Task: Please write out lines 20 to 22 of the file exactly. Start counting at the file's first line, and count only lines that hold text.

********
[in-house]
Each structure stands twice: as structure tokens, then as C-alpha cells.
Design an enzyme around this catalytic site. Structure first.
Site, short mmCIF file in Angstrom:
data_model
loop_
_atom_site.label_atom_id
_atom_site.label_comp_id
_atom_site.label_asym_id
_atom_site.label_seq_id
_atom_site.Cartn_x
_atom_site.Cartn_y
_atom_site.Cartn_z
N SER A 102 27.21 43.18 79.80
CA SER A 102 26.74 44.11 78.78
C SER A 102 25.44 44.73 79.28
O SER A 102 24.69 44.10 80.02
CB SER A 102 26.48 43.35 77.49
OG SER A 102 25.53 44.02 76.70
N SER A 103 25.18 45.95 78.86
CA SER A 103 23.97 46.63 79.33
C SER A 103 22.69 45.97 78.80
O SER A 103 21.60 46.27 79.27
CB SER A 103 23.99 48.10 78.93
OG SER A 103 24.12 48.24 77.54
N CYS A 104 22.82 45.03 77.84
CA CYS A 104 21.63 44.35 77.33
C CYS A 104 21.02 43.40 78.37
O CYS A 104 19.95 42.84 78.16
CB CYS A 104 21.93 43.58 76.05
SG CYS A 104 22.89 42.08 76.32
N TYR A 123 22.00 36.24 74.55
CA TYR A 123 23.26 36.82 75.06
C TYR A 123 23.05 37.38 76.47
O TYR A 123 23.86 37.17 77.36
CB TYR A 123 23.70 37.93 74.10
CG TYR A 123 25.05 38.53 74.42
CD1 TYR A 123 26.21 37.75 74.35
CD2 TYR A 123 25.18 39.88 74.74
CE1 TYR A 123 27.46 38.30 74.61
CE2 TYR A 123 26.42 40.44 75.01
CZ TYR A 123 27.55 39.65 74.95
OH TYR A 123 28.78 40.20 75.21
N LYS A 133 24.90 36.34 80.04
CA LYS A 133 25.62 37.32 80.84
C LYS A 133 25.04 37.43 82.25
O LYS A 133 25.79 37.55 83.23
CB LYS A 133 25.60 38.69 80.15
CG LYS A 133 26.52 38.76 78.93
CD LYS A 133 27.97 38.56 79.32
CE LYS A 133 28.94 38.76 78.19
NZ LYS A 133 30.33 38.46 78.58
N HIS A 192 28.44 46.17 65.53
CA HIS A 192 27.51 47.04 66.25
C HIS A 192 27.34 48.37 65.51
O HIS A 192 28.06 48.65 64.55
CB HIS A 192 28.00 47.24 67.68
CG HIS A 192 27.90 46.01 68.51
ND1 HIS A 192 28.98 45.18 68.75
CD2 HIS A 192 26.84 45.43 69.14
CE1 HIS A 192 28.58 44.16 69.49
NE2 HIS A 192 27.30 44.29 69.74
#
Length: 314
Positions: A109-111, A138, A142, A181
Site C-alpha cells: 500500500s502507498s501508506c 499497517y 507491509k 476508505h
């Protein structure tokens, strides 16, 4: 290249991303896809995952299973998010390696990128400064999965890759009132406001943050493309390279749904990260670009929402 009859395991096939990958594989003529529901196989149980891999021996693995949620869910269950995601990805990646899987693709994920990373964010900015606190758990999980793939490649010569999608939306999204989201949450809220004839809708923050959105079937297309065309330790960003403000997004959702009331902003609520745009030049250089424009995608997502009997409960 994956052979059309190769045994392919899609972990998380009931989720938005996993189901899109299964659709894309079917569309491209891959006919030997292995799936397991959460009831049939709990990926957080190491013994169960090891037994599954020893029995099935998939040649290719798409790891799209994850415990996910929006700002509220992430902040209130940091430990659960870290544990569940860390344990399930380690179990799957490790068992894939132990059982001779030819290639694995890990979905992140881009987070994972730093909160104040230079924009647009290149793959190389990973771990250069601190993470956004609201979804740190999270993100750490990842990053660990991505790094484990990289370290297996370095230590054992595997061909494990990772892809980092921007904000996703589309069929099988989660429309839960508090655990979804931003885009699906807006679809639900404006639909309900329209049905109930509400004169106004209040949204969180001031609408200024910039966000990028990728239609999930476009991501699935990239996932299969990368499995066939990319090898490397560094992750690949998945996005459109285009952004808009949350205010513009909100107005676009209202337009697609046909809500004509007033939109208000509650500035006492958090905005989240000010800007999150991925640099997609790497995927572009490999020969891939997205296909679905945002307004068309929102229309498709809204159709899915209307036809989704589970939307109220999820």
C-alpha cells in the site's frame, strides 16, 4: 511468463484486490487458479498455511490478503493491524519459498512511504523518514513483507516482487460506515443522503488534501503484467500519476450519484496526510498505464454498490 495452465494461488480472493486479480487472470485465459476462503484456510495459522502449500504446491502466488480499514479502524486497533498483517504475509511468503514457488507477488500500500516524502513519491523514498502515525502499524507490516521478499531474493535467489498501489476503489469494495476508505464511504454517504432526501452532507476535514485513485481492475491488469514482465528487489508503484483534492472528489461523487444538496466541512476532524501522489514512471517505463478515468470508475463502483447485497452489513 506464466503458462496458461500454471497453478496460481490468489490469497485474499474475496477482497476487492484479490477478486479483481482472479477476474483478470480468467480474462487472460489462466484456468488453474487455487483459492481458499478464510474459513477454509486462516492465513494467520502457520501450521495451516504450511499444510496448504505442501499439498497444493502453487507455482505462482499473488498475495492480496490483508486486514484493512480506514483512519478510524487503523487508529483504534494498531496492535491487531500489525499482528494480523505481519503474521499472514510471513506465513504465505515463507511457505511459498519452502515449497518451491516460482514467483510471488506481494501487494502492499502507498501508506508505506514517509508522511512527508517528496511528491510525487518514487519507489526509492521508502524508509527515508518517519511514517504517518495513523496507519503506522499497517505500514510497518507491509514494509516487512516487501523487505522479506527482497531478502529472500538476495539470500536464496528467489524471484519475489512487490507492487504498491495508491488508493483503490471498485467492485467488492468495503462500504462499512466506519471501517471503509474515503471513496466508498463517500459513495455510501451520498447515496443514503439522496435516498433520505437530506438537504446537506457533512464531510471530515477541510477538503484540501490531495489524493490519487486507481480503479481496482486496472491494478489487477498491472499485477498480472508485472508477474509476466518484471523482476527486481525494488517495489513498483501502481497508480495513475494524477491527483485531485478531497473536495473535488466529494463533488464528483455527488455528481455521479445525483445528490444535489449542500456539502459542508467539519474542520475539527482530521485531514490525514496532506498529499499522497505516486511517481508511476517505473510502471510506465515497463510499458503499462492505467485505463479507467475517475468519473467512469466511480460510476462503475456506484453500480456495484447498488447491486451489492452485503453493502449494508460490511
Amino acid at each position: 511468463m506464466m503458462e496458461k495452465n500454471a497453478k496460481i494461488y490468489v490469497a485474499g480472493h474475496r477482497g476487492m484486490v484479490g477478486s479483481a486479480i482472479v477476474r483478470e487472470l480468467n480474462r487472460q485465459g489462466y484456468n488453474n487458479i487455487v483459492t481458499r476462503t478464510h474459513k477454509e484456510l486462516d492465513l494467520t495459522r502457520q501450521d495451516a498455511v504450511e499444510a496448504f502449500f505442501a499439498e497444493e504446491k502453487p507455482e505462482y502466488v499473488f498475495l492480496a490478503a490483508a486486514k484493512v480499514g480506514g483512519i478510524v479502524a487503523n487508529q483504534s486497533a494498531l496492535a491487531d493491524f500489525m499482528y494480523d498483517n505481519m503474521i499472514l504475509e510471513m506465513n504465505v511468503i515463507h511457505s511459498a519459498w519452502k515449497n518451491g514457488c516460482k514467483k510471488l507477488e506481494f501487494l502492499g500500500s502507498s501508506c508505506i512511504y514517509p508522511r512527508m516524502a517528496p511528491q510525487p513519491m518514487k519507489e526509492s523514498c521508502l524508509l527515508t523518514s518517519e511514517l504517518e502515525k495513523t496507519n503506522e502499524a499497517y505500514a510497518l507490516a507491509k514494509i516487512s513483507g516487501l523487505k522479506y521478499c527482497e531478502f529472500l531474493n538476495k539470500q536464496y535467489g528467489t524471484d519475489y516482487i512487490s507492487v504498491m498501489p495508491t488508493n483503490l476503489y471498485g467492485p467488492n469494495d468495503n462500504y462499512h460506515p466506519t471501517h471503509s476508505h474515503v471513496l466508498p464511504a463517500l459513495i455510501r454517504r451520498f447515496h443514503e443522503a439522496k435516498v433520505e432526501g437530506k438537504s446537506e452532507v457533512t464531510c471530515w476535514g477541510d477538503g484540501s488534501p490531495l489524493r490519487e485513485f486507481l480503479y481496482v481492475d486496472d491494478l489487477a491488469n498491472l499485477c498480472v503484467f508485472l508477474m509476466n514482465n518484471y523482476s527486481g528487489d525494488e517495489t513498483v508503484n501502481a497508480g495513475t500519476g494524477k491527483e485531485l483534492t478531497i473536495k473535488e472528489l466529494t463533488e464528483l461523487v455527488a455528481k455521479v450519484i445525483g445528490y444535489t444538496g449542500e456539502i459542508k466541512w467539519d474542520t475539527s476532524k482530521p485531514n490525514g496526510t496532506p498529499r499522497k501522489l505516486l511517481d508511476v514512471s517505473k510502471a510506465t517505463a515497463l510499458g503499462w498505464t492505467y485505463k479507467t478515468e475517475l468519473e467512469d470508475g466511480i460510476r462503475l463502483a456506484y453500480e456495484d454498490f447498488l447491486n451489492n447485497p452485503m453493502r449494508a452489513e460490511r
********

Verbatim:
N SER A 103 25.18 45.95 78.86
CA SER A 103 23.97 46.63 79.33
C SER A 103 22.69 45.97 78.80